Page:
Police wanted Ibrahim to surrender but a standoff resulted and when the cops charged the compound of his house, shooting broke out, leaving 18 dead in what was regarded as the most violent episode in our history since 16 Police Field Force personnel died in a single engagement with communist terrorists near the Malaysia-Thai border in 1976.

A stunned nation received the news of the Memali incident with the apprehension that comes from sudden awareness that barbarous currents were underfoot in the country of which a beguiled public were only dimly aware and a political leadership in denial were loath to tackle.

That feeling was fortified by the recall of the violent attack with swords and other crude weapons on a police station in Batu Pahat in 1980 by members of a religious cult.

Also uneasily recalled were the series of attacks on Hindu temples in 1978 perpetrated by young Islamic zealots on a deity-destroying campaign that culminated in several deaths when the marauders were interdicted by vigilantes on guard at a temple in Kerling, near Kalumpang on the Selangor-Perak border.

At the time of the Memali incident, the public were given to understand that Mahathir was in China.

When he returned, he fielded questions at the customary press conference at Subang airport where he was asked on the Memali incident.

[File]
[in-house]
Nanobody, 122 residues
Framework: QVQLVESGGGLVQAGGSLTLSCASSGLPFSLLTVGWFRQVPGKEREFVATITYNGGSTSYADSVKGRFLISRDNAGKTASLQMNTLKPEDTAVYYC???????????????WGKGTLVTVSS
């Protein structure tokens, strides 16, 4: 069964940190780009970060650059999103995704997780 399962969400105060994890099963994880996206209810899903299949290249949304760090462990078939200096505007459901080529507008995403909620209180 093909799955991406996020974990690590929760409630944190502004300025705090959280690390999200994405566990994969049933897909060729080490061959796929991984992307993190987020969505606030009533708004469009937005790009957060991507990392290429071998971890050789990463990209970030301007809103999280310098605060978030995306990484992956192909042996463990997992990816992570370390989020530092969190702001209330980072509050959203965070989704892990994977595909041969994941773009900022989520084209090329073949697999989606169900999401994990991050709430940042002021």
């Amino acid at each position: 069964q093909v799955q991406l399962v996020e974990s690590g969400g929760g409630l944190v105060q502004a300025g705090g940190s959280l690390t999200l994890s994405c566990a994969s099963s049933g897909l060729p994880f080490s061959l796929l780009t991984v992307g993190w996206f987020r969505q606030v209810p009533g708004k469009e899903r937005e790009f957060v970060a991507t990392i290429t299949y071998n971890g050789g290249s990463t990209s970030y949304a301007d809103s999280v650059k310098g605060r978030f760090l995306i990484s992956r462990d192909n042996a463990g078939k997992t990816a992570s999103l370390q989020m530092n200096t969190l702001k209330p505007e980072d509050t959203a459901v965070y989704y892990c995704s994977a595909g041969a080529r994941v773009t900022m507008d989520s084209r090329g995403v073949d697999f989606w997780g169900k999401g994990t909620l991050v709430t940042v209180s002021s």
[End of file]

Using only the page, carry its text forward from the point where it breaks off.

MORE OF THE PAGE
Generally, in remarks to an expectant press, Mahathir defended Home Minister Musa’s decision to allow the Police to interdict the hamlet in Mukim Siong where Ibrahim Libya and his followers were holed up.

Days later when PAS proclaimed the deaths of Ibrahim and his followers as “mati syahid” (martyrs), Mahathir rubbished the pronouncement in the teeth of word, unreported in the mainstream media of course, that Malay villagers in Kedah and Kelantan were streaming to the Ibrahim’s burial site to pay their respects.

‘Musa ordered assault’

Mahathir’s support of Musa’s judgement call on Memali would take a perverse turn 18 months later, in the intense final week of the campaign for posts in the Umno elections of April 1987, when the then chief secretary to the government issued a statement that it was indeed Musa who gave police the order to open fire in the Memali incident.

Musa scrambled to contain the damage from that politically motivated disclosure.

Musa would go on to lose his UMNO Deputy President’s post by 45 votes to challenger Ghafar Baba while Musa’s teammate in the campaign, Tengku Razaleigh Hamzah, would be 43 votes adrift of incumbent Mahathir’s tally for the President’s post.

Thus ended a momentous chapter in the history of UMNO and the Malaysian nation but the argument between two of that contest’s principals, Mahathir and Musa, is set to continue, given Musa’s claims about Mahathir being in the country during the Memali incident when it was supposed he was abroad.